Katharine Ketay 3m 774
The views of this article are the perspective of the author and may not be reflective of Confessions of the Professions.
Topic: Write an essay somehow inspired by a gigantic container of peanut butter, a huge jar of mayonnaise, or perhaps, even, a foot and a half tall jar of mustard . . .? (I’ve decided to “take a little risk and have fun.”)
Warning: This is a true story.
My mother sits happily in her sparse bedroom: a bed, a desk, a chair, a computer, and two totes. She smiles, taking pride in the fact that she can move all her belongings out of the house in five minutes — if need be. How did she assume this Gandhi-esque simplicity? Could it possibly be from living with another member of my family? (Since I want to keep my allowance, I won’t name names . . . .) And what do two totes have to do with this anyway?
The pantry is stuffed. Ten bottles of never-opened Kraft Blue Cheese-flavored salad dressing lie, coated with dust, on a shelf. Across from them are one-hundred-and- seven shiny “no-brand” tuna cans; one can guess what’s for dinner. (At least the five cats are happy.) Seventy-six bottles of “his” favorite “Paradise Blend” mystery juice take over the bottom shelves, spilling onto the floor; and, at such an unbeatable price, he had to buy the juice with the “floaties” that the rest of us won’t touch. And what are we possibly going to do with the fourteen packages of pasta without any sauce?
He can’t say “no.” If it’s on sale, he buys it, calling for the children (the “work crew”) to lug the groceries inside . . . . He can’t say “no” when his relatives want to bequeath to him their belongings, hence, we have a basement full of totes containing Great Aunt Laura’s treasured pea-green china. (And who is Great Aunt Laura anyway?) And we still have Grandma’s eighteen-pound jar of lentils, given to him upon her death in ’92. He can’t bear the thought of throwing them away, and we can’t bear the thought of eating them . . . . He can’t say “no” when his friend, a professor, needs a place to store 806+ boxes of notes — our basement . . . . He can’t say “no” to my brother’s and sisters’ pleas for a pet, only to bring home four turtles, seven parakeets, four hermit crabs, three rabbits, two dogs, forty-nine guppies, and a hampster. And the mice take seriously his command to “go forth and multiply.” My brother, owner of the mice, has gone into the breeding business. It’s a good investment, since the Hyde Park Pet Store pays $1/mouse. And, with $1,000 already spent on banana chips and pine bedding, he has grossed $42.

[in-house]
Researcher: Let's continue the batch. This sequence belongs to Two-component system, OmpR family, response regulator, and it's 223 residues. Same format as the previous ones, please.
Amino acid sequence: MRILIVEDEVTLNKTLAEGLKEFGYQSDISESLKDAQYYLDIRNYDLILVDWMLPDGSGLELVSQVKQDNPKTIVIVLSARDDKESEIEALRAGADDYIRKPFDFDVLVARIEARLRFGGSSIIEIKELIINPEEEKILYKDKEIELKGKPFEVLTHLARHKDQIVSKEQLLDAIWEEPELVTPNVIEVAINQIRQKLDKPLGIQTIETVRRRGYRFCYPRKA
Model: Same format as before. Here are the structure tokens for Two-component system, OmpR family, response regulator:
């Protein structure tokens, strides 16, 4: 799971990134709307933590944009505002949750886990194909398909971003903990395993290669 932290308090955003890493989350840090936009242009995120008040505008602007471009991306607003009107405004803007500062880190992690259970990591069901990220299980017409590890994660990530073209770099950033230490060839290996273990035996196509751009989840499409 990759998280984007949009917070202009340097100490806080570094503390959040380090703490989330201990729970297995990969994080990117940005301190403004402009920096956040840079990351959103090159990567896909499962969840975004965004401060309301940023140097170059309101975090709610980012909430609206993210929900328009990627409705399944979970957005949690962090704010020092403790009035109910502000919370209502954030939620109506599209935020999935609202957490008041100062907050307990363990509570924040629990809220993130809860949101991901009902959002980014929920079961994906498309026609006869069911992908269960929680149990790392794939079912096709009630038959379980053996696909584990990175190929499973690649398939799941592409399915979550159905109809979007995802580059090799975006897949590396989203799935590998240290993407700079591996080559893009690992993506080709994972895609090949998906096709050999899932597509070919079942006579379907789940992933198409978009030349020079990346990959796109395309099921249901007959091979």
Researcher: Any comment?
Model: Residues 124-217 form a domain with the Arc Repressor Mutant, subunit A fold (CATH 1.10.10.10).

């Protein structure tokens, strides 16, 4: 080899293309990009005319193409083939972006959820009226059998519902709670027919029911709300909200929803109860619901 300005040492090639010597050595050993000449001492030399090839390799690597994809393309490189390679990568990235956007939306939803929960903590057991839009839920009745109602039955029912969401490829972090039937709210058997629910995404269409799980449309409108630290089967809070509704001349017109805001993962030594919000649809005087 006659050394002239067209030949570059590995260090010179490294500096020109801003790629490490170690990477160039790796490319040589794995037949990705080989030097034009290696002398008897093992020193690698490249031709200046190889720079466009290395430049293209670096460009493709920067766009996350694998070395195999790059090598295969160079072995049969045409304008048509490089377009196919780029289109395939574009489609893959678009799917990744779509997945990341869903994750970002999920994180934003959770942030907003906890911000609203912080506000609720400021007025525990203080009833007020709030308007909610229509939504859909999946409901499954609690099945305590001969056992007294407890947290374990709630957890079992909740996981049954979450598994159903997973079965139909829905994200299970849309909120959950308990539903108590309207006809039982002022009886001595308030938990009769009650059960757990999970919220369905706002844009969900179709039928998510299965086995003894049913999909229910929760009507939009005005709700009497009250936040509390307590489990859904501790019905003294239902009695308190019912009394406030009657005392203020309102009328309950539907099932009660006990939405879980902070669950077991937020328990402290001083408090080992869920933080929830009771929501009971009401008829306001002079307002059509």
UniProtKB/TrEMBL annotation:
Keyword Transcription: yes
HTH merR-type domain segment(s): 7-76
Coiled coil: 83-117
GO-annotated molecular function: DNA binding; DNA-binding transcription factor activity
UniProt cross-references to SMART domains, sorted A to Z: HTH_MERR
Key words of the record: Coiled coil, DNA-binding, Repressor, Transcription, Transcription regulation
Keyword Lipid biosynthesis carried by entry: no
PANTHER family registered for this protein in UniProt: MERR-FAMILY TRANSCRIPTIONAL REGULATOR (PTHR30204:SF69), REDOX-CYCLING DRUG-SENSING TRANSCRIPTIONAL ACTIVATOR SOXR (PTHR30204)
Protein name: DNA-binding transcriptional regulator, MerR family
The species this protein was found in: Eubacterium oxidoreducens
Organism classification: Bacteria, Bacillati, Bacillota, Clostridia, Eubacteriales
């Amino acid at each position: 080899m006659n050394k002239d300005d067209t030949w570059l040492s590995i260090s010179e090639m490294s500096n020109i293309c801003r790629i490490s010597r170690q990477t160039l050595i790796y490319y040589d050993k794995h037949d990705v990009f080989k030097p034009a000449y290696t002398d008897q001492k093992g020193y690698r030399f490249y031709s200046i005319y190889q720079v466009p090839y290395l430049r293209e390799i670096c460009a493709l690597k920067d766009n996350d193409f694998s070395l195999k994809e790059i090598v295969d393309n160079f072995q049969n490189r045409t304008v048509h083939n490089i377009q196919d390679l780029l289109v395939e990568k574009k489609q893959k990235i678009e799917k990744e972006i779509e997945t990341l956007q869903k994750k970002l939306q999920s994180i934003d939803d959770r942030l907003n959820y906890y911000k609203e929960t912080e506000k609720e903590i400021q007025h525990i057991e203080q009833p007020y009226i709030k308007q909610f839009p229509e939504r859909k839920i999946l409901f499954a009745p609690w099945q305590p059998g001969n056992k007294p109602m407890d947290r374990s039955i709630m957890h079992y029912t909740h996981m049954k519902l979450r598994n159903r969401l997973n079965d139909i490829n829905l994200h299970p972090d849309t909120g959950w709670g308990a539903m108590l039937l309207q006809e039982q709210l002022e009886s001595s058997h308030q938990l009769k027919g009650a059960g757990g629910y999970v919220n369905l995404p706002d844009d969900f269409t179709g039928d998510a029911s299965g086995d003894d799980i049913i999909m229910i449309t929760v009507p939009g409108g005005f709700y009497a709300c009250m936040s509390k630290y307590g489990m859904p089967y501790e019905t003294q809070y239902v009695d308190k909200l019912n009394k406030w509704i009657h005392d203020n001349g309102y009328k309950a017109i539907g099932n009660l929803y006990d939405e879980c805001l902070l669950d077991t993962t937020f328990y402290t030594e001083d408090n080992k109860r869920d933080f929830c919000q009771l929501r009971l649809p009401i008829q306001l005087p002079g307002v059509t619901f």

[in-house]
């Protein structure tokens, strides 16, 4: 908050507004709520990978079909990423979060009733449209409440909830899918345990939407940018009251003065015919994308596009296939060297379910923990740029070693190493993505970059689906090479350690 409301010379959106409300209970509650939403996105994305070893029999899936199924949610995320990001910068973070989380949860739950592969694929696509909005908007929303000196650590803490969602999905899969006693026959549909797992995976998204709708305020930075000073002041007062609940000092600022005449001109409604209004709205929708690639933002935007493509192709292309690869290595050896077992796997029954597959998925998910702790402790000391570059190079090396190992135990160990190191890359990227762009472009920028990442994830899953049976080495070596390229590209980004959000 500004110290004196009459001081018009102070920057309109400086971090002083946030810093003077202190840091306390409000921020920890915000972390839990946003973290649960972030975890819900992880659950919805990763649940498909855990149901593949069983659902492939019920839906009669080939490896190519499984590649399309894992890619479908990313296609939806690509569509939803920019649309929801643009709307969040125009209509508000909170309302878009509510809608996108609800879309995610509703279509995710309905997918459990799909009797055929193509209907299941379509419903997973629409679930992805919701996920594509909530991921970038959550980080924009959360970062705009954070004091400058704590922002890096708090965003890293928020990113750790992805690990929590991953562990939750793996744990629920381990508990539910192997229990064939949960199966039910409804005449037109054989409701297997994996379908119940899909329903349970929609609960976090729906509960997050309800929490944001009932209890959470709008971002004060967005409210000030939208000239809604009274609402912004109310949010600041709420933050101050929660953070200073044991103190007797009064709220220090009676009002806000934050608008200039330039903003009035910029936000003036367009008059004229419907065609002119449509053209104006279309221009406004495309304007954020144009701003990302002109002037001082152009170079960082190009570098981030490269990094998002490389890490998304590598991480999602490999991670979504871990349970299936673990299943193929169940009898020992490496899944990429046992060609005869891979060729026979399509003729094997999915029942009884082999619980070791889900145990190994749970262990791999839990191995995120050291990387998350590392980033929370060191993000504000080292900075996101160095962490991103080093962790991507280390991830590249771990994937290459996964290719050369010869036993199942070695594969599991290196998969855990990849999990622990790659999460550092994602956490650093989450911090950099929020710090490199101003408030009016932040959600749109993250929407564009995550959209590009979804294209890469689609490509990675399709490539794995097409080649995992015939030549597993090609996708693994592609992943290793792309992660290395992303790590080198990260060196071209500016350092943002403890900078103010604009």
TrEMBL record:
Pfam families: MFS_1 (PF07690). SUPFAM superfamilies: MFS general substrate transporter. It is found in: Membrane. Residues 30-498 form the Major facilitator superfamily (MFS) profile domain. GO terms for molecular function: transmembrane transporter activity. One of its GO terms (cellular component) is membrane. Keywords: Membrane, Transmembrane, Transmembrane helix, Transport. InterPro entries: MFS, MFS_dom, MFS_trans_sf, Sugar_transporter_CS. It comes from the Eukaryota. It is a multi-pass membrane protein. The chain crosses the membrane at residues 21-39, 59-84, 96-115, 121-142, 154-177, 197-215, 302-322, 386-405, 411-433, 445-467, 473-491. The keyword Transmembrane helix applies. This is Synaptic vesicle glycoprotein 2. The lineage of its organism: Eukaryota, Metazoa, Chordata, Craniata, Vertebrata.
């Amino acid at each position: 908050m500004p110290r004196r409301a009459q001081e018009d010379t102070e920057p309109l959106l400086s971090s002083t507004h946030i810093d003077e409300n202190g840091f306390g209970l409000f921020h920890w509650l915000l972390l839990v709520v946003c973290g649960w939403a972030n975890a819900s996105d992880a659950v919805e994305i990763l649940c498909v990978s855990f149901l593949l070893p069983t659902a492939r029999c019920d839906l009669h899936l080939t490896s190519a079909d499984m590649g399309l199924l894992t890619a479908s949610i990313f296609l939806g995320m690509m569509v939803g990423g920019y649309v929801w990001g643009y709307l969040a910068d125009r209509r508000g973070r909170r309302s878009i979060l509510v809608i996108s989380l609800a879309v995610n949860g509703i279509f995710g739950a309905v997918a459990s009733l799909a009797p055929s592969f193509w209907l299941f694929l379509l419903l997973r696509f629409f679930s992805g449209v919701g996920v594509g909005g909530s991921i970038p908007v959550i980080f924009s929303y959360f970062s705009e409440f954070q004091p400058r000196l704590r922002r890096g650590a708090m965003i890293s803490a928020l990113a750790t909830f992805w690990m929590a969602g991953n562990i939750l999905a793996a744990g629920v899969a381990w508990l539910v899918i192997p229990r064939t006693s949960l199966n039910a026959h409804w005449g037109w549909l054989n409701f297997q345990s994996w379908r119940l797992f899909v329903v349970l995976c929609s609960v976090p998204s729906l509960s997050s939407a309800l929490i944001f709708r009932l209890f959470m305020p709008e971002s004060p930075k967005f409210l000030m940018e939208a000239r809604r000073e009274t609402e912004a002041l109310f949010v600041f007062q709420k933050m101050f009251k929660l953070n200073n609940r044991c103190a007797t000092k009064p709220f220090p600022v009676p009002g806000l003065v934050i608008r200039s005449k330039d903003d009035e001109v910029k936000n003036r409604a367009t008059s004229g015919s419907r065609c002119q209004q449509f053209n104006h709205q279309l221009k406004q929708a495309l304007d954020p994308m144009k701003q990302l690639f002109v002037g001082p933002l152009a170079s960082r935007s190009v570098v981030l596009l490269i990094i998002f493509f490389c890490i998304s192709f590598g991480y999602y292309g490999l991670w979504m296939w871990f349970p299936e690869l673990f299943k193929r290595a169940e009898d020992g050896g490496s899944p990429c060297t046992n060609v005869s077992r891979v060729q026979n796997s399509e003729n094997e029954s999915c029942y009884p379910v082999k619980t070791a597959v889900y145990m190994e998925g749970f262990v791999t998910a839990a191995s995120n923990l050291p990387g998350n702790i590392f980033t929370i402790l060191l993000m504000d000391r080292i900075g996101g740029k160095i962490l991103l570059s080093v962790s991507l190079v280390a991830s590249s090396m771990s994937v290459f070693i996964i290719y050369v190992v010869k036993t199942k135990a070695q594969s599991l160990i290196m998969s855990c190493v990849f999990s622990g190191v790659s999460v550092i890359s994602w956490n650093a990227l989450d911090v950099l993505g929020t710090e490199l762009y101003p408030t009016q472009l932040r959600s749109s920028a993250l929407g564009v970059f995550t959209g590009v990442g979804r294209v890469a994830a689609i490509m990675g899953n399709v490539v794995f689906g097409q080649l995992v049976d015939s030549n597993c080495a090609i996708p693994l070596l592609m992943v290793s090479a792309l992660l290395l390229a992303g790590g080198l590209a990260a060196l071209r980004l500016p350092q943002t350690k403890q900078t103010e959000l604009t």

But how did all of this come to happen? Well, maybe it’s genetic . . . .
Perhaps he gets his strange habits from my Grandpa. At the ripe old age of 94, Grandpa is a lover of stuff. While he does not have a pantry of his own, Grandpa does have a closet, which houses forty-two pairs of white tennis shoes, just in case. And he seems always to have mystery packages from Haband! arriving in the mail, along with a mound of identical khakis that keeps on growing. Grandpa also just can’t get enough of knickknacks; although Buck and Chuck, the Dueling Banjo Chipmunks, are no longer able to bob up and down to country music, they still share a table with Big Mouth Billy Bass, who wags his fins and wishes everyone who passes a Merry Christmas.
My sister Eliza seems to be following in their footsteps, carrying on the grand family tradition. She has collections of her own, her favorite being thirteen angels, which are quickly consuming her bedroom. Not to mention the eight-foot tall angel from the antique store. I had a bad feeling when, perusing the store with my mom, I saw a “Sold” sign taped to it; “he” had been there the day before. And insurance covers Eliza’s asthma inhalers, sent once a month for the past ten years. It is sheer luck if she can slit open the door to her wardrobe a crack and grab one without the other one-hundred-nineteen spilling out. We were joking about giving them out as “treats” this Halloween; we’d have leftovers, even if we still lived on Harper Avenue.
But perhaps the collections and mounds of stuff aren’t really so bad. They all add to the flavor of the house, and they might come in handy some day. Even the eight-foot angel. After all, it has ten light bulbs sticking out of its head.
This was the essay I submitted to the University of Chicago and they accepted me!